Rare Diseases in the global spotlight on 28 February
“I’ve dedicated myself to this fight so that all patients […] get access to treatment and innovative therapy. I want to ensure they have help to solve the problems they face and someone to listen to them and advise them,” – Jelena, Rare Disease Day hero from Serbia
On this Rare Disease Day, 28 February, over 100 countries and regions around the world will join their voices to raise awareness and generate change for the 300 million people with rare diseases, their families, and carers.
Though the campaign is community-led, everyone, including individuals, families, caregivers, healthcare professionals, researchers, clinicians, policymakers, industry representatives and the general public can participate in raising awareness and taking action for this vulnerable population who require immediate and urgent attention.
Needless to say, Rare Disease Day does not go unnoticed: the hashtag #RareDiseaseDay has traditionally trended on social media in the lead up to the actual celebration, reaching millions of people, and dozens of the world’s landmark monuments are lit in pink, green, blue, and purple, the Rare Disease Day colours, to show solidarity with the 300 million people with rare diseases worldwide and the 30 million living in Europe.
Additionally, this year’s Rare Disease Day will see two milestone policy events – the 2022 Global Rare Disease Day event in Dubai and streamed online, and the Ministerial Conference on Research and Care Pathways in Paris – that will define the next decade of rare disease policy and look to build Europe into a place where every person living with a rare disease can live a longer, better life.
“I just want to live just like other healthy people, even though I have a lot of limitations and there is no cure. Life is not just about surviving, but about loving, living and enjoying it,” – Pavla, Czech Republic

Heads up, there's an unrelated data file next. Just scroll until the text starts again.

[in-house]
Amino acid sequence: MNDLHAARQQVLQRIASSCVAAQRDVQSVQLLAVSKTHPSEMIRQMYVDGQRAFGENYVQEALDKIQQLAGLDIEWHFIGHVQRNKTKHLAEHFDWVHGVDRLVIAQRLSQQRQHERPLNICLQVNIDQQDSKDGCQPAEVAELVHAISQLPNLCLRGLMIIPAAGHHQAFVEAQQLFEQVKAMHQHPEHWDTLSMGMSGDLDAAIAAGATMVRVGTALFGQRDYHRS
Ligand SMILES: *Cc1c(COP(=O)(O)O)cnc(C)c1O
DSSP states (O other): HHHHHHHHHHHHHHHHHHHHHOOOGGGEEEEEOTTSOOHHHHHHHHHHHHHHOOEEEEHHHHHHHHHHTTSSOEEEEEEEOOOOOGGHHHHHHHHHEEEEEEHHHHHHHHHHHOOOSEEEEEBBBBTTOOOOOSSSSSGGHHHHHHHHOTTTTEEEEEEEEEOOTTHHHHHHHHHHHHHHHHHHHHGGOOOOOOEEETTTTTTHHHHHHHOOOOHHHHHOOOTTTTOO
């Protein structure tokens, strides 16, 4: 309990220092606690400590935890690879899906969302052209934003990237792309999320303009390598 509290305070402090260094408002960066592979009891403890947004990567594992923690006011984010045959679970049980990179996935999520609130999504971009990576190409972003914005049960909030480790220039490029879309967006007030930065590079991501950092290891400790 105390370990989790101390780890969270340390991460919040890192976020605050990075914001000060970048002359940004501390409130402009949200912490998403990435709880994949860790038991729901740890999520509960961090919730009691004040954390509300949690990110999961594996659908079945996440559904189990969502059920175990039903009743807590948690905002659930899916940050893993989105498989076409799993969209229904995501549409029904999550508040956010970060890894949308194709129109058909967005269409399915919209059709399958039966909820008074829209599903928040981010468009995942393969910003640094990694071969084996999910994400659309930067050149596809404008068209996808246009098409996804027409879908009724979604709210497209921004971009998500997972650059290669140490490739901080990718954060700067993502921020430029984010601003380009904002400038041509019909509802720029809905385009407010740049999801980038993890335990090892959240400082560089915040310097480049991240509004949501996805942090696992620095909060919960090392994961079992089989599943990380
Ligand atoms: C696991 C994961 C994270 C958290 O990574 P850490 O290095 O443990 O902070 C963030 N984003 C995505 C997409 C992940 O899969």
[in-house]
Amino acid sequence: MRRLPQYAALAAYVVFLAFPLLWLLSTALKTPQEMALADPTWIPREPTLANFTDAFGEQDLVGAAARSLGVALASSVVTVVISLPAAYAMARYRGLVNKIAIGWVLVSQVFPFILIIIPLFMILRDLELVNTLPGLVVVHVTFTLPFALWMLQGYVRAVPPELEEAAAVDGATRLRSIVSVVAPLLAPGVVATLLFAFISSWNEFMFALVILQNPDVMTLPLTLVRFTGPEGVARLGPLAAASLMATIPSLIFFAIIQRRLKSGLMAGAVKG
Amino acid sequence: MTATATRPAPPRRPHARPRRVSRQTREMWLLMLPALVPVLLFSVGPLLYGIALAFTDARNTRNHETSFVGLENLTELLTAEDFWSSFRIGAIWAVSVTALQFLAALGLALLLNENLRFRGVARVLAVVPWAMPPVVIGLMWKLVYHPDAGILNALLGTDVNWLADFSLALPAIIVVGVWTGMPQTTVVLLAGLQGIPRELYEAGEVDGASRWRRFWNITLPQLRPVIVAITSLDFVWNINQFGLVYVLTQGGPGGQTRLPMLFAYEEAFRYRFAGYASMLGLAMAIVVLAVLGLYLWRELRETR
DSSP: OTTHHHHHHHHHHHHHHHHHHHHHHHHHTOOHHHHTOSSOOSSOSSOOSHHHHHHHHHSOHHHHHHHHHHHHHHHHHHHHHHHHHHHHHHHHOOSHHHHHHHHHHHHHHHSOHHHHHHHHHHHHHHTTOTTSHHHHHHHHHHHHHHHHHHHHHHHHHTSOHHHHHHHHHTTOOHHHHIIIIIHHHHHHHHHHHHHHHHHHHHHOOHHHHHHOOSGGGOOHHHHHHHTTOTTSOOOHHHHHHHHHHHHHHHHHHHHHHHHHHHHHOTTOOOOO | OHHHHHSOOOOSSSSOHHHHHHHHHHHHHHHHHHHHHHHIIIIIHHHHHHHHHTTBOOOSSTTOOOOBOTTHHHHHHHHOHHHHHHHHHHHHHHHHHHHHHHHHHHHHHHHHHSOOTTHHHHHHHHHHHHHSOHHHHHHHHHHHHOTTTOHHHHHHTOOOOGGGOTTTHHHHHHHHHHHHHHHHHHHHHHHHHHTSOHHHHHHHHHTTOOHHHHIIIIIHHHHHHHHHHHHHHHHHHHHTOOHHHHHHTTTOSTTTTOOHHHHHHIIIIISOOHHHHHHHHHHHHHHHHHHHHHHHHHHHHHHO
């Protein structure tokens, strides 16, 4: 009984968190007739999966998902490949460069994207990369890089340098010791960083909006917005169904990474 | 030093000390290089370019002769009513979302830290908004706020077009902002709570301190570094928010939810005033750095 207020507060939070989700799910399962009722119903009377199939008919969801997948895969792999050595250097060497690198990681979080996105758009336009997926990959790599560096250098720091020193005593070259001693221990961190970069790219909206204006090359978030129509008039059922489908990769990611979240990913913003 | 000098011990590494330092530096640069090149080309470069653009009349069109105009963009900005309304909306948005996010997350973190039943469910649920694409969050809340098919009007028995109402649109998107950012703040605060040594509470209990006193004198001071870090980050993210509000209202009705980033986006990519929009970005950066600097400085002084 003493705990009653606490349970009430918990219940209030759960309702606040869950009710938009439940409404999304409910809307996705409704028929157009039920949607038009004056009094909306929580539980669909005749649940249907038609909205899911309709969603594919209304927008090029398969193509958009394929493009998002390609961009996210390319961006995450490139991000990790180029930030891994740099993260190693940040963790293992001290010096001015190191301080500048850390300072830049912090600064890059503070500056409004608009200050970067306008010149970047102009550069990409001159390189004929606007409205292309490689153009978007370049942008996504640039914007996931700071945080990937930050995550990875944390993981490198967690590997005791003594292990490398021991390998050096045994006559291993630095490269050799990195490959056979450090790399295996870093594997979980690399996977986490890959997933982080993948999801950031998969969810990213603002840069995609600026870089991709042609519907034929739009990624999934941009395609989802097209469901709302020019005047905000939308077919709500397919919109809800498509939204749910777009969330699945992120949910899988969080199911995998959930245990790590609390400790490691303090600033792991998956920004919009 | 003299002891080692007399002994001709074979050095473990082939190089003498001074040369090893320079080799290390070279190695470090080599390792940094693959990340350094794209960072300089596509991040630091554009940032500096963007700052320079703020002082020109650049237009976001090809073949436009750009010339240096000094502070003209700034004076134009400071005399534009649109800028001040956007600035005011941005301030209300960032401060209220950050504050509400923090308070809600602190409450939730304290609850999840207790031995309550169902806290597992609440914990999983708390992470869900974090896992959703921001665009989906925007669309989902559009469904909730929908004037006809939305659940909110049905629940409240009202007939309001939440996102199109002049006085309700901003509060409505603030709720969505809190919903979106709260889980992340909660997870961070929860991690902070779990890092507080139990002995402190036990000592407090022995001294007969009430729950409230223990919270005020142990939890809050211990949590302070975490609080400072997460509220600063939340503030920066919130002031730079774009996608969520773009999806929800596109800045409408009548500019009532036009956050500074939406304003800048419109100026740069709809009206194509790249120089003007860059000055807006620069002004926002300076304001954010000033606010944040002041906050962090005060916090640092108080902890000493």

Organised by the NGO Committee for Rare Diseases with the support of the Swedish Government, and its co-founding organisations, Agrenska, Rare Diseases International and EURORDIS-Rare Diseases Europe, the 2022 Global Rare Disease Day event will be the first public opportunity to celebrate the adoption in December 2021 of the first-ever United Nations Resolution on Addressing the Challenges of Persons Living with a Rare Disease and their Families. It will also explore ways to increase international collaboration and synergies to make rare diseases a policy priority at all levels.
“We need to ignite curiosity and build awareness among scientists. Then inspiration will follow and pave the way to rare disease research and diagnosis,” – Gulcin, Spain
The Ministerial Conference on “Research and Care Pathways: For a European policy on rare diseases”, organised by the French Ministry for Solidarity and Health, will put forward recommendations to further develop European regulations concerning rare diseases. It will provide the occasion to define the EU roadmap for this matter and to collectively prepare to implement a European plan for rare diseases, for which we have been advocating together for months now. If adopted, this plan would bring together all relevant policy areas and initiatives within rare diseases – from diagnosis to research to data to treatments to care to social inclusion – in a common strategy that connects European countries.
Now is the time to come together to advocate for more research, better treatments and improved quality of life for all people with rare diseases.
How to get involved?
- Participate in the Global Chain of Lights: Share your colours by lighting or decorating your home with the Rare Disease Day colours, ideally at 7 pm wherever you live
- Organise your own or take part in existing events in your community
- Share your story of life with a rare disease, as part of the Share Your Colours storytelling initiative
- Register to attend online or in-person the 2022 Global Rare Disease Day event
- Share digital materials prepared just for you on your social media, and
- Become a friend of Rare Disease Day (for organisations only)
Stanislav Ostapenko, Communications Manager, EURORDIS